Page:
As part of our “Fellows Friday” web feature, we focus on the artistic lives of our Pew Fellows: their aspirations, influences, and creative challenges. This week, we speak to 2012 Pew Fellow Dan Murphy, who makes up one half of the artist duo Megawords, along with Anthony Smyrski. Megawords is well known throughout Philadelphia for installations that are equal parts gathering space, artist studio, and storefront. In recent years, Murphy and Smyrski have worked with major cultural institutions such as Creative Time in New York City and the Philadelphia Museum of Art.
What images or things keep you company in the space where you work?
I have lots of small clippings, pages, and stickers that really help to inspire me and establish my current direction. For example, I’ve got a picture of John Cardiel—he’s a professional skateboarder who got paralyzed and was told he would never walk again, and now he can skate, ride a bike, and walk. I have a picture of Swami Prabhupada. He came to America in his late sixties with nothing and died 12 years later after circling the globe 14 times and opening over 100 Hare Krishna temples worldwide. I have a drawing by Alexis Ross; he’s an artist from Los Angeles with some of the best style around. I have other things, too, like pictures of friends that have passed away, necklaces, beads, cassettes, etc.
If you could live with only one piece of art, what would it be?
A small Margaret Kilgallen drawing would be a wonderful thing to live with.
What could you imagine doing if you didn’t do what you do?
Something with food. I’m actually considering it. I see positive things happening within the food community and I think I have some ideas and energy to offer.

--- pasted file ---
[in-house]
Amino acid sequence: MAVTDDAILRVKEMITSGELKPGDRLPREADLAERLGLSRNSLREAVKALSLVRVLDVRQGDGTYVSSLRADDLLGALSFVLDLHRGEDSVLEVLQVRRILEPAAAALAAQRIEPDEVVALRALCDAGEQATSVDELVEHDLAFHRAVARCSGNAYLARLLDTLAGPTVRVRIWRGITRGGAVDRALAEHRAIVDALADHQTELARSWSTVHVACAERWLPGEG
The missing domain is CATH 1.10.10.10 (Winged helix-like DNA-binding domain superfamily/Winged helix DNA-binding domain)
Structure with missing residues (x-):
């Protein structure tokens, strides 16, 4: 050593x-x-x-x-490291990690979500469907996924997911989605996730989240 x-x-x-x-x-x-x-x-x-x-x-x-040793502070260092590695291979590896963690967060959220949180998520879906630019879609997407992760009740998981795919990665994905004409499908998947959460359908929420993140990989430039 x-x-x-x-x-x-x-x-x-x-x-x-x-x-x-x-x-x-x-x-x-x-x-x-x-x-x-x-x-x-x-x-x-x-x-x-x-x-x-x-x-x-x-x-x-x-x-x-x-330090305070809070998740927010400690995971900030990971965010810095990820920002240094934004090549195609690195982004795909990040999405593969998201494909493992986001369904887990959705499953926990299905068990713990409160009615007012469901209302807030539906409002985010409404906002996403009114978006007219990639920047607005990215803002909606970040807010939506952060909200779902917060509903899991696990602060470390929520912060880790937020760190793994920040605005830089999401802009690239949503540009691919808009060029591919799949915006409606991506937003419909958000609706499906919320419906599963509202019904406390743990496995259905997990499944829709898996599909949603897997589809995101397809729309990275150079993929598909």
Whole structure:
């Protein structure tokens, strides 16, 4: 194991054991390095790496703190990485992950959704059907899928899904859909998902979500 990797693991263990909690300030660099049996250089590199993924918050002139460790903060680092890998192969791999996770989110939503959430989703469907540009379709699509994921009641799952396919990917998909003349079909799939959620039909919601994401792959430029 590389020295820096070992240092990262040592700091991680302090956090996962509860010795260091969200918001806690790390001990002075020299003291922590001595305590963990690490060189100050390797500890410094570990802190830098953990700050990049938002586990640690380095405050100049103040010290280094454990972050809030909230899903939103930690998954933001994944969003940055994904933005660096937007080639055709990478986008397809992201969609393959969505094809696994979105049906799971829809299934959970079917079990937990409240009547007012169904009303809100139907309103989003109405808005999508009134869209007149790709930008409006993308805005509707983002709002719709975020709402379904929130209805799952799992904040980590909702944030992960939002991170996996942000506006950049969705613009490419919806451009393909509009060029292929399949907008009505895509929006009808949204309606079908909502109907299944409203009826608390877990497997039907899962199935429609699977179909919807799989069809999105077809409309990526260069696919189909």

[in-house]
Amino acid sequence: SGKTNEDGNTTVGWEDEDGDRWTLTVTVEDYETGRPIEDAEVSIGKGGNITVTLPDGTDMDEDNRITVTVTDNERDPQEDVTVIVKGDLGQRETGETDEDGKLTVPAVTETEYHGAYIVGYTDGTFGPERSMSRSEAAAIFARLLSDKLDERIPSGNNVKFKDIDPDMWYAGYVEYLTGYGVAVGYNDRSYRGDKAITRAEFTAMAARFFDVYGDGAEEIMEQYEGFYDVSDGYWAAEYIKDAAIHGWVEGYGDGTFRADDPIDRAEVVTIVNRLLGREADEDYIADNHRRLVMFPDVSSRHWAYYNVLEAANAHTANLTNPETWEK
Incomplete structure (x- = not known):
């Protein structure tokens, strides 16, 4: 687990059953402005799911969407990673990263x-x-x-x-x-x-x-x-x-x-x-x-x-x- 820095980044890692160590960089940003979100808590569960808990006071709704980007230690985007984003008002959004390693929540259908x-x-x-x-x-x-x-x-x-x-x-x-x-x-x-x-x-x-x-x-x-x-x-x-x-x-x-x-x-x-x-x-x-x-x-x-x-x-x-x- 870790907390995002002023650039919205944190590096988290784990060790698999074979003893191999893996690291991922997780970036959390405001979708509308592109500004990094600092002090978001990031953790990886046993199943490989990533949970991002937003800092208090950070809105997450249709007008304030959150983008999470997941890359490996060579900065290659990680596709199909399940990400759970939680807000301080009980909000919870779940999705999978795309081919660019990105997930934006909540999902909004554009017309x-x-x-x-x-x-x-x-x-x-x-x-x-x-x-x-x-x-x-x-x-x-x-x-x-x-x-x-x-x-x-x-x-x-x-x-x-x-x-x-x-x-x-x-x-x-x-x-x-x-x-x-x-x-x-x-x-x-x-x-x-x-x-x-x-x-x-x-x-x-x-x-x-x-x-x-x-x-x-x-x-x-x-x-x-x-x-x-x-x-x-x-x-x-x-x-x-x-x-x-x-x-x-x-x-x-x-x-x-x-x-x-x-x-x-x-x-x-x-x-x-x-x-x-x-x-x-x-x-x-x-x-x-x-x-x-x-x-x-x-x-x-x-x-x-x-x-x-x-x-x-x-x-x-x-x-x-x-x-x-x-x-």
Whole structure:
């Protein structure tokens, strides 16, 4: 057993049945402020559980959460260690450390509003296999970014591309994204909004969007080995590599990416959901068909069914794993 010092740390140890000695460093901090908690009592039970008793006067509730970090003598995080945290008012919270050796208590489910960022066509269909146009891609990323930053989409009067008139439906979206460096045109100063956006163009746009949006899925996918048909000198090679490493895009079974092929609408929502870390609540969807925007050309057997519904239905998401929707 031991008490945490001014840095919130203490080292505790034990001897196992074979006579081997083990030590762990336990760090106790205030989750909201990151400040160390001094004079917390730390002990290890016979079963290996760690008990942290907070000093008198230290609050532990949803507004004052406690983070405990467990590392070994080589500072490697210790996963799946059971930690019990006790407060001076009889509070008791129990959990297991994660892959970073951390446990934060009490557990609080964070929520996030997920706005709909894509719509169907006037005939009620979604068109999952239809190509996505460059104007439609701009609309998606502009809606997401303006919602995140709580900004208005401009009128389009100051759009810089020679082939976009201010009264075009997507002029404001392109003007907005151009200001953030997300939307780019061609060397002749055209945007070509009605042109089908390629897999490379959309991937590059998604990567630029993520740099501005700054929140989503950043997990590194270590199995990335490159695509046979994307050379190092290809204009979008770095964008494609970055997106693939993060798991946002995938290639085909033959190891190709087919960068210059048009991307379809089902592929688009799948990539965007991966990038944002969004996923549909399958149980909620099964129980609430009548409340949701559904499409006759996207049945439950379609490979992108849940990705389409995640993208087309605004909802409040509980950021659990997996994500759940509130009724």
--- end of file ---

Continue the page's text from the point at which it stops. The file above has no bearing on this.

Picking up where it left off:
Do you think about your legacy and, if so, how does your thinking about it affect your practice?
I don’t think about my legacy at all. Planning one’s image or legacy is a setup for disaster, in my opinion. Disappointment can only come from expectation.
Barbara Kasten: Stages curator Alex Klein explains the significance of staging and props in Kasten’s work, in this catalogue excerpt.
Fall kicks off with a packed schedule of Center-funded projects, including exhibition openings from Temple Contemporary and The Galleries at Moore, and performance premieres at the 2015 Fringe Festival that push the boundaries of genre and form.
This month in Fellows Friday news: Vera Nakonechny is named a National Heritage Fellow by the National Endowment for the Arts, Alex Da Corte exhibits at White Cube, and much more.
April welcomes a number of Center-funded performances to the region.
Founded in 1887, the Penn Museum has begun to establish relationships with its neighbors in West Philadelphia and open conversations with communities outside the university.
The Rosenbach of the Free Library of Philadelphia opened to the public in 1954 and is located in the former home of brothers Philip and Dr. A.S.W. Rosenbach, international dealers in rare books, manuscripts, and fine and decorative arts.
Eric Schoefer is a dancer and a 1999 Pew Fellow.
Curator Mary Jane Jacob is professor and executive director of exhibitions and exhibition studies at The School of the Art Institute of Chicago.
Pedro R. Aponte is an assistant professor of musicology and music history at James Madison University in Harrisonburg, VA.
Born in Venezuela, Kotain works with various Philadelphia-area nonprofit cultural organizations to teach others about his Arab and Latin musical traditions.
Director of Three Aksha School of Performing Arts, Rao is trained in Bharatanatyam, a classical South Indian dance form marked by expressive hand gestures and elaborate rhythmic patterns.
Megawords (run by Dan Murphy and Anthony Smyrski, both Pew Fellows) is self-described as “an experimental media project” that takes the form of a biannual photography magazine, as well as related installation projects and public events.